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Building your dream home? The pros and cons of different Building Methods

When you set out to build your dream home, the building method you choose may not be the first thing you think of, but the construction method will affect virtually every aspect of the project. From cost, to build time, to energy efficiency; each building method has different implications.

Here, we outline some of the various systems used in construction and what you should consider before proceeding:

Traditional Build

The most common method of home construction in Ireland remains the standard masonry system, consisting of two rows of blockwork with a cavity in between. Insulation can be built into the cavity, but it is more common nowadays for the space to be pumped with bonded beads. Cavities have grown bigger over time, with 200mm-plus now being used.

The pros are it economical, tried and tested, good thermal mass. But it’s on-site approach means that it can be forgiving of discrepancies in foundations. As the dominant system there are loads of firms and tradesmen familiar with it, and – with training – ambitious self-builders can also get stuck in.

The Cons are its slow. Houses are physically built on site, meaning that this route has a longer ‘on-site’ build phase, which can cause inconvenience to neighbors or be liable to theft of vandalism. Slow construction means process is largely weather-dependent. Requires detailing and attention on site to ensure airtightness. Takes time to dry on site and is affected by bad weather. It also requires load-bearing walls, so open-plan designs need to be carefully planned.

Thin-joint blockwork is a variation of brick and block, that uses just 3mm of mortar. It’s a specialised system that makes for a quick build. It has to be accurately built because it doesn’t use conventional 10mm mortar beds — hence the name, thin-joint.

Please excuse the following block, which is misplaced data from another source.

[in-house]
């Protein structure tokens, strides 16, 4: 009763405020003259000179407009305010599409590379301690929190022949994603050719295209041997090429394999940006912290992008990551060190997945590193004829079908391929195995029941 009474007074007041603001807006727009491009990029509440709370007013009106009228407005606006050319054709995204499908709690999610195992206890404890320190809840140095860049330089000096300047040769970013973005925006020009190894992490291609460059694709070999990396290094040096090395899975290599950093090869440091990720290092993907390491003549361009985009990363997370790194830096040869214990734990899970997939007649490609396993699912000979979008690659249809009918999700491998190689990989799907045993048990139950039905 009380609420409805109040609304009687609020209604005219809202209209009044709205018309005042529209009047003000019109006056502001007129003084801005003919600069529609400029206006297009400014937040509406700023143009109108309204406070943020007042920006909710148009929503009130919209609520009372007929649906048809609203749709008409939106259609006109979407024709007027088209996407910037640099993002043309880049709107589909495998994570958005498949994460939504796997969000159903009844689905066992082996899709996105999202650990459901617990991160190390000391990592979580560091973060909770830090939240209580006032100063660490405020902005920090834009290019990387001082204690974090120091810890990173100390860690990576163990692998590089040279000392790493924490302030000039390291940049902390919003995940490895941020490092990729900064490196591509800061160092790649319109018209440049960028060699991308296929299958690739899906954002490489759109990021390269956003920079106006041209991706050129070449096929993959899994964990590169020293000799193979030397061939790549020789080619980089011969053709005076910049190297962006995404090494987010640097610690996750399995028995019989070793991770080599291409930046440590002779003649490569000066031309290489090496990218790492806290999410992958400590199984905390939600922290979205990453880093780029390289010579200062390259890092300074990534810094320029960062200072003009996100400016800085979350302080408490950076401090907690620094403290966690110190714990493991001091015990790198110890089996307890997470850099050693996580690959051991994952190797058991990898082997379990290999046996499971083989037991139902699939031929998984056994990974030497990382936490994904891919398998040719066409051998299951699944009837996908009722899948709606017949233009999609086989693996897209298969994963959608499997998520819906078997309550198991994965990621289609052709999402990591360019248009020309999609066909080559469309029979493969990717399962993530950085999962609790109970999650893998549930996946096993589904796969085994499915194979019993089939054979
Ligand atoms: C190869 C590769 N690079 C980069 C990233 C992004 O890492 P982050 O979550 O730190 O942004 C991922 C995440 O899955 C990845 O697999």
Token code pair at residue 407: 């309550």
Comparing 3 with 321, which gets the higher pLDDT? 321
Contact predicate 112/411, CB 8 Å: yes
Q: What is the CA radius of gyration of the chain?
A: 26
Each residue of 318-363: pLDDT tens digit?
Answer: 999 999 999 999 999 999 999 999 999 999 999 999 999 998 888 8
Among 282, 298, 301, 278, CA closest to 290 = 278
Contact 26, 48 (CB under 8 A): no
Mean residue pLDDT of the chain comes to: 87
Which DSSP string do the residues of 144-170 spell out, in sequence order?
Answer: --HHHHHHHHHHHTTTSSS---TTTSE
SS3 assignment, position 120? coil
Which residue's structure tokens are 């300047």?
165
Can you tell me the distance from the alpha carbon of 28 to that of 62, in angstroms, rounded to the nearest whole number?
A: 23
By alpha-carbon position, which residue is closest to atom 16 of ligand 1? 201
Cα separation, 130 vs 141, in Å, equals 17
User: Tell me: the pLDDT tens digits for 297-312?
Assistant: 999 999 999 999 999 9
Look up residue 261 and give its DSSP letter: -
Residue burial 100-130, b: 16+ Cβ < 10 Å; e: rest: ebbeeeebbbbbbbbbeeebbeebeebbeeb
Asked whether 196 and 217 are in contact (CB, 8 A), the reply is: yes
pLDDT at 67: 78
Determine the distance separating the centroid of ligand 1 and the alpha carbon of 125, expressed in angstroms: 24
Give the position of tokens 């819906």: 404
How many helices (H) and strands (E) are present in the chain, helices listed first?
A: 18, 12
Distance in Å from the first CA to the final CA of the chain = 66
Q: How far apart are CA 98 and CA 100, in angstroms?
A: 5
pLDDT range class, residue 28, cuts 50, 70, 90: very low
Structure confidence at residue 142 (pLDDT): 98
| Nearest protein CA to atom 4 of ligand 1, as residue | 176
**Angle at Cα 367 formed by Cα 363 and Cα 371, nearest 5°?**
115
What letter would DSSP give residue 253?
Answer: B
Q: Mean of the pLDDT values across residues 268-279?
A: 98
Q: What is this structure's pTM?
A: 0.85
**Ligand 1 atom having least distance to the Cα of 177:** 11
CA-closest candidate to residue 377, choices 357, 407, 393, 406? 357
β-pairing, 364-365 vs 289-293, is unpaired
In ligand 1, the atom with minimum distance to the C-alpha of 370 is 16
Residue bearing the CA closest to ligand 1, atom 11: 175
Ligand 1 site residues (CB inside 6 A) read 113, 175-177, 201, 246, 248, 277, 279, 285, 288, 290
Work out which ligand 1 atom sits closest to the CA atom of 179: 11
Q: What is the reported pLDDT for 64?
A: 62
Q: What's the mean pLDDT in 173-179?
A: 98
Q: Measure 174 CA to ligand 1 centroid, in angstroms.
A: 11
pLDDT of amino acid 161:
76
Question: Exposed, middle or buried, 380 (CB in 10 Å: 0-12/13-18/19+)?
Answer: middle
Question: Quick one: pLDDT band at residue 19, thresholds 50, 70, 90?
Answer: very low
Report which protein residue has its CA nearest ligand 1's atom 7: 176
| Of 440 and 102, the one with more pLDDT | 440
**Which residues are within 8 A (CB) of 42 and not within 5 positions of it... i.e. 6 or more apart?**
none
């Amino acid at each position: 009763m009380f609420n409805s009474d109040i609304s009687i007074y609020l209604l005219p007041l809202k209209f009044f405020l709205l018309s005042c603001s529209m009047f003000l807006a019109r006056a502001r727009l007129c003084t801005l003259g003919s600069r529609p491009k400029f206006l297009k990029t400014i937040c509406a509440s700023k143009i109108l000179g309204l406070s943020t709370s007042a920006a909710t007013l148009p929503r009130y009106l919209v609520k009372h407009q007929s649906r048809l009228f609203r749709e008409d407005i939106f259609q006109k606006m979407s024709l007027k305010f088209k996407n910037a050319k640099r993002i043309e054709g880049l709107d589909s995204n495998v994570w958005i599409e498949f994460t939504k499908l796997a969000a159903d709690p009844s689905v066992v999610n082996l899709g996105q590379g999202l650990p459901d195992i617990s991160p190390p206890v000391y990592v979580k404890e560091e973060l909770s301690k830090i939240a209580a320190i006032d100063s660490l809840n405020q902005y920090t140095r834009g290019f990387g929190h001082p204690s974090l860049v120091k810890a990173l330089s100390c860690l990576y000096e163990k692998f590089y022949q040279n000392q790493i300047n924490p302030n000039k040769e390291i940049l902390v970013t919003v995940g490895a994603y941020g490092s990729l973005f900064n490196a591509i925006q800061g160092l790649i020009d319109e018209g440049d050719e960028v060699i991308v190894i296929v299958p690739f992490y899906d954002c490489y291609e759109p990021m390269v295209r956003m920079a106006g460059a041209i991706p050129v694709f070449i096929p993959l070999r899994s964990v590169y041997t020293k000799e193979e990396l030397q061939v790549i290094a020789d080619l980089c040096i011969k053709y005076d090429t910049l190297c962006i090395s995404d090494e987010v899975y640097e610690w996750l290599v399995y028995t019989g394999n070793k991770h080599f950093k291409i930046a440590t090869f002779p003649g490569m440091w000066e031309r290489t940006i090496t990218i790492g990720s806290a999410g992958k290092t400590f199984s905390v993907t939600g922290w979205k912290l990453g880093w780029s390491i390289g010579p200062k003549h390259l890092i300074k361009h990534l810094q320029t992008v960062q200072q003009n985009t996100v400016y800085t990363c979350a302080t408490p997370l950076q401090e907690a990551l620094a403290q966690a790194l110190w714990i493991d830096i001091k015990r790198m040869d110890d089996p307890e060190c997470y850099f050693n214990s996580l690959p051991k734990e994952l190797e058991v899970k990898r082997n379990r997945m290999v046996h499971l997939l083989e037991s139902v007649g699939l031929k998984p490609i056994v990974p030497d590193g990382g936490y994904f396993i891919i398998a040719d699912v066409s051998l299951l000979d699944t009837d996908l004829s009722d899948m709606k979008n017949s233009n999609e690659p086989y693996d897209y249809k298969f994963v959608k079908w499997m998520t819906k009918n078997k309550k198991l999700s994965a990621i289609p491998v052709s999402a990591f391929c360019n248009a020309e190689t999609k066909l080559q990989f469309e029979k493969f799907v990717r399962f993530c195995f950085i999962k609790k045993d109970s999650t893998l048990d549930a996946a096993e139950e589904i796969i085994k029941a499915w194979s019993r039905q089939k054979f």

Modern Methods of Construction (MMC):

The term MMC can be used to describe a whole range of building methods, the uniting factor being that they are not traditional. Other terms that are used for MMC include:

  • off-site construction

  • factory-built

  • industrialised or system building

  • pre-fabrication

They generally involve some use of new materials and a large element of factory production. Let’s talk about some examples:

1. Timber Frame

Timber carcass produced in a factory and assembled on site; external wall finish and roofing completed on site. The second-most popular route, built of wood products that act as the superstructure. This could be traditional post-and-beam or modern interpretations, such as Glulam. This is a specialist trade, built off-site in a factory to an agreed design, usually in a matter of weeks. Changes are costly once commissioned, and there’s little scope for self-builders to work on the actual structure. As it’s prefabricated off-site, the frame is erected on-site in a matter of days, and the erection is all taken care of by your manufacturer and contractors. Modern glued wood is enormously versatile, meaning it can create open-plan spaces and interesting designs with ease. The outer skin can be finished in pretty much any cladding finish – brick slips to create the look of brick, render, timber or tile. However, the foundations must be perfect, and there’s little scope for serious modification once built.